John Kilduff of Again Capital said the Saudi-Russian alliance reacted too quickly to replace Iranian crude and it could again. “It’s making matters worse. It’s like an amateur trader. They’re getting sucked in at the market bottom and at the top.”
Saudi Arabia and Russia may also not be as close in their view on supply as their partnership would suggest. Russian oil companies have opposed the cuts, and Saudi Arabia is shouldering the bulk of them. Eric Lee, energy analyst at Citigroup, said Saudi Arabia envisions itself as a central banker of oil that helps stabilize the oil price.
“But there are a couple of flaws in that. One is that they’re not a dispassionate central banker that’s independent. They have their own interests. Their interests are that for their government spending, they need oil revenues. They would love oil prices in the $70s and $80s. That’s what it would take to balance their budgets,” he said.
“The Russians are separating from them as well. They need the Russians more than the Russians need them in many ways, there’s a balance but at least economically, the Saudis need $70 to $80. Russia budgets for $40 and the government is more insulated by the ruble,” Lee said.
Analysts said the partnership could ultimately eliminate its production cuts, and there’s an OPEC meeting coming up in April where production will be discussed.
“You have a couple too many cooks in the kitchen. Even as other people are running around doing their own thing, there’s a couple of dynamics,” Lee said. “How many more rounds do the Saudis try to cut or hold cuts to support prices in the near term. At what point might they see market share is being lost and at what point do they flip again?” Lee said.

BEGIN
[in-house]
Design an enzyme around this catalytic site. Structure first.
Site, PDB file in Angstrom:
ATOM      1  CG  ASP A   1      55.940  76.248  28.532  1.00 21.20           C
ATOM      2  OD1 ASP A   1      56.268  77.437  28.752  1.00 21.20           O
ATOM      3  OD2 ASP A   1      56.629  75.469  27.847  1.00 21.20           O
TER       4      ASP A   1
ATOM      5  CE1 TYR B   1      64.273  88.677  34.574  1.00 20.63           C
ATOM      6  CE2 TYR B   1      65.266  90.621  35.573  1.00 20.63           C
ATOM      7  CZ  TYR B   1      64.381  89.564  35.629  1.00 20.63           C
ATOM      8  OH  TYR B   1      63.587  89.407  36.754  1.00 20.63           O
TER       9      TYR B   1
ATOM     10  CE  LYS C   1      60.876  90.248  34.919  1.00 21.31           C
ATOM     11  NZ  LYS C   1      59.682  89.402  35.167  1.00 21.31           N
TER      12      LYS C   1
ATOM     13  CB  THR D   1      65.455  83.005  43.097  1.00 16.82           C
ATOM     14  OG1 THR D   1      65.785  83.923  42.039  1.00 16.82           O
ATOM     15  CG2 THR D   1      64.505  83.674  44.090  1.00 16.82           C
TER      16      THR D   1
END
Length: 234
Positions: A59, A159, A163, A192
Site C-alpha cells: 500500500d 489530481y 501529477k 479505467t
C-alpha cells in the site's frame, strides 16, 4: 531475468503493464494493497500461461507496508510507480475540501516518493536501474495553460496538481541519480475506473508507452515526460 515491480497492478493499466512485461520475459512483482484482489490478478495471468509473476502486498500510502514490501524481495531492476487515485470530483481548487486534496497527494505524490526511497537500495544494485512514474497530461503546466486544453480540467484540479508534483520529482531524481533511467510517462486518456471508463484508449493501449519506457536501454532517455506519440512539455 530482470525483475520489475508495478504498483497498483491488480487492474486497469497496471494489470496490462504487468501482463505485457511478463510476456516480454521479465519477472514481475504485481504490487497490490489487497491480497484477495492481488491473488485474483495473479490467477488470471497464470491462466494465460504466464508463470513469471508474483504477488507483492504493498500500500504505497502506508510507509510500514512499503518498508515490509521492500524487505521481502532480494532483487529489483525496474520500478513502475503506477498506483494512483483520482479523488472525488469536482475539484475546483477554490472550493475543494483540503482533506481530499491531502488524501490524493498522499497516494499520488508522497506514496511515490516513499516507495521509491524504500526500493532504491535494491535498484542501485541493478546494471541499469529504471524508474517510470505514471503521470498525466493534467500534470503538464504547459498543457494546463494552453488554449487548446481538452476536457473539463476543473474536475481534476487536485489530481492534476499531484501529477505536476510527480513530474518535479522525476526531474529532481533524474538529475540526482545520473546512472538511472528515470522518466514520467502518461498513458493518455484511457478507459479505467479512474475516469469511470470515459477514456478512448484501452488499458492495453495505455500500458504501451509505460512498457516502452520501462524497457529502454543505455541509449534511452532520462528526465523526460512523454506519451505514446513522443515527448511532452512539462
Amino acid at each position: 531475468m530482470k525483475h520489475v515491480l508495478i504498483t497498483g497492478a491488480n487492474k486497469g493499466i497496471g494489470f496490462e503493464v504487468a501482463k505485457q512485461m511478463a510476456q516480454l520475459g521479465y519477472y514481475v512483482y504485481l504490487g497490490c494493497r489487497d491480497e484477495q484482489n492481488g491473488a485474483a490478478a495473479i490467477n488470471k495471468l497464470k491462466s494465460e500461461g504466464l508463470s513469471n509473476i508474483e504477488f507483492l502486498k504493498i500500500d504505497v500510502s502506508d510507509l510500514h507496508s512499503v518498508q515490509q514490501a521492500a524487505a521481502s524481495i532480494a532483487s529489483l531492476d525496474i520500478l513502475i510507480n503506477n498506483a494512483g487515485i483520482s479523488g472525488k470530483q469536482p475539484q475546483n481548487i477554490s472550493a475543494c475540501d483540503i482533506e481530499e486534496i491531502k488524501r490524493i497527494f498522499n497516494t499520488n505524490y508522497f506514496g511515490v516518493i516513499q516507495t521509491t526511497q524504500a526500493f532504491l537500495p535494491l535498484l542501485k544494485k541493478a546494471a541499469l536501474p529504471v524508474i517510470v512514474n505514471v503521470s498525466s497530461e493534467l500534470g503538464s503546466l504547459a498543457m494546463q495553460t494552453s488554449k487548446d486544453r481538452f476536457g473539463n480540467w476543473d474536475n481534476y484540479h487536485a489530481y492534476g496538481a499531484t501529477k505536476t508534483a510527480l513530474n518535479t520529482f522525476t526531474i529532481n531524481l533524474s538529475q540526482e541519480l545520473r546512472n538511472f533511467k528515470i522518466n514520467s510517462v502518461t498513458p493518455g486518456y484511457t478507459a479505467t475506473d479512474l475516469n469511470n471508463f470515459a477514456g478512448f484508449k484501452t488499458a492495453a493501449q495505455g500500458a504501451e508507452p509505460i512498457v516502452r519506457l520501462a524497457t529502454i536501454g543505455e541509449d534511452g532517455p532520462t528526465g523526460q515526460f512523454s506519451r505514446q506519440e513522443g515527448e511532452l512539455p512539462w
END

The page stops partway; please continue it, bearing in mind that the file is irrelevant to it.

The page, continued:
Lee said he expects the arrangement between Russia and Saudi Arabia to hold together. Sources, familiar with OPEC, said Russia and Saudi Arabia are working toward formalizing the OPEC-non-OPEC partnership and could talk about it at a meeting this month.
“There’s a benefit of Putin being extremely engaged as being an oil market kingpin, geopolitically and in the Middle East,” he said. “I’m not talking about a schism. It’s just when it comes to talking about whether to cut, the Russian position is much more reluctant to cut or hold cuts longer. Their industry certainly doesn’t want it, and the Russian government itself doesn’t need it anywhere as much as the Saudis do.”
But the U.S. production is also factor impacting prices. At 11.9 million barrels a day, the United States is producing 2 million more barrels a day than it was last year, according to weekly data from the Energy Information Administration.
“Out to 2023, prices might only need to be $45 to $60 because when you go above that or below that, you have too much shale or too little shale. It means whenever Saudis want to push prices out of that range, there’s going to be an opposite reaction to that that gives them trouble,” Lee said.
Kilduff said oil rose about 10 percent on the Venezuela sanctions, but it has also been swinging up and down on the rig count in the United States.
“I think they’re having a difficult time, the Saudis in particular, and OPEC with this new paradigm. They tend to overshoot both ways, and they kind of got suckered into putting more oil on the market because of the Iranian sanctions fears and they’re trying to rein it back in after the price collapse,” Kilduff said.